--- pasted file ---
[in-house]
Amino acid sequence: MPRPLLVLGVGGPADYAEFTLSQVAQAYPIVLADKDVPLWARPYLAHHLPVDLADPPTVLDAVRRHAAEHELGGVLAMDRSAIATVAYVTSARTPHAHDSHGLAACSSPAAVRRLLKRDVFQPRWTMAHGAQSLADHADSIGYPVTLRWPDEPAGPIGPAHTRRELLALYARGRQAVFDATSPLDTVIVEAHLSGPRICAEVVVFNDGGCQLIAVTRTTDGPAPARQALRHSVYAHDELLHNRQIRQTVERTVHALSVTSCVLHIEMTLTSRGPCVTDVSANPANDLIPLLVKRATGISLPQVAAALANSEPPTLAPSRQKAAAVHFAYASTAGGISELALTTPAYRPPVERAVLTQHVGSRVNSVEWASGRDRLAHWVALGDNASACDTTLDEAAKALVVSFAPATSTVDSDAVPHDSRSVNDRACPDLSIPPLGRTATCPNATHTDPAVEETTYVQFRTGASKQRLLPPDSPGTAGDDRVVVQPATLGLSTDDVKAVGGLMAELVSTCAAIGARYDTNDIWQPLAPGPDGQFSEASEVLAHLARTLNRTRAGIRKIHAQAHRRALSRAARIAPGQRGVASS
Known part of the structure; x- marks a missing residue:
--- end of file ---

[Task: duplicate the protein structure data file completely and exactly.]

[in-house]
Amino acid sequence: MPRPLLVLGVGGPADYAEFTLSQVAQAYPIVLADKDVPLWARPYLAHHLPVDLADPPTVLDAVRRHAAEHELGGVLAMDRSAIATVAYVTSARTPHAHDSHGLAACSSPAAVRRLLKRDVFQPRWTMAHGAQSLADHADSIGYPVTLRWPDEPAGPIGPAHTRRELLALYARGRQAVFDATSPLDTVIVEAHLSGPRICAEVVVFNDGGCQLIAVTRTTDGPAPARQALRHSVYAHDELLHNRQIRQTVERTVHALSVTSCVLHIEMTLTSRGPCVTDVSANPANDLIPLLVKRATGISLPQVAAALANSEPPTLAPSRQKAAAVHFAYASTAGGISELALTTPAYRPPVERAVLTQHVGSRVNSVEWASGRDRLAHWVALGDNASACDTTLDEAAKALVVSFAPATSTVDSDAVPHDSRSVNDRACPDLSIPPLGRTATCPNATHTDPAVEETTYVQFRTGASKQRLLPPDSPGTAGDDRVVVQPATLGLSTDDVKAVGGLMAELVSTCAAIGARYDTNDIWQPLAPGPDGQFSEASEVLAHLARTLNRTRAGIRKIHAQAHRRALSRAARIAPGQRGVASS
Known part of the structure; x- marks a missing residue: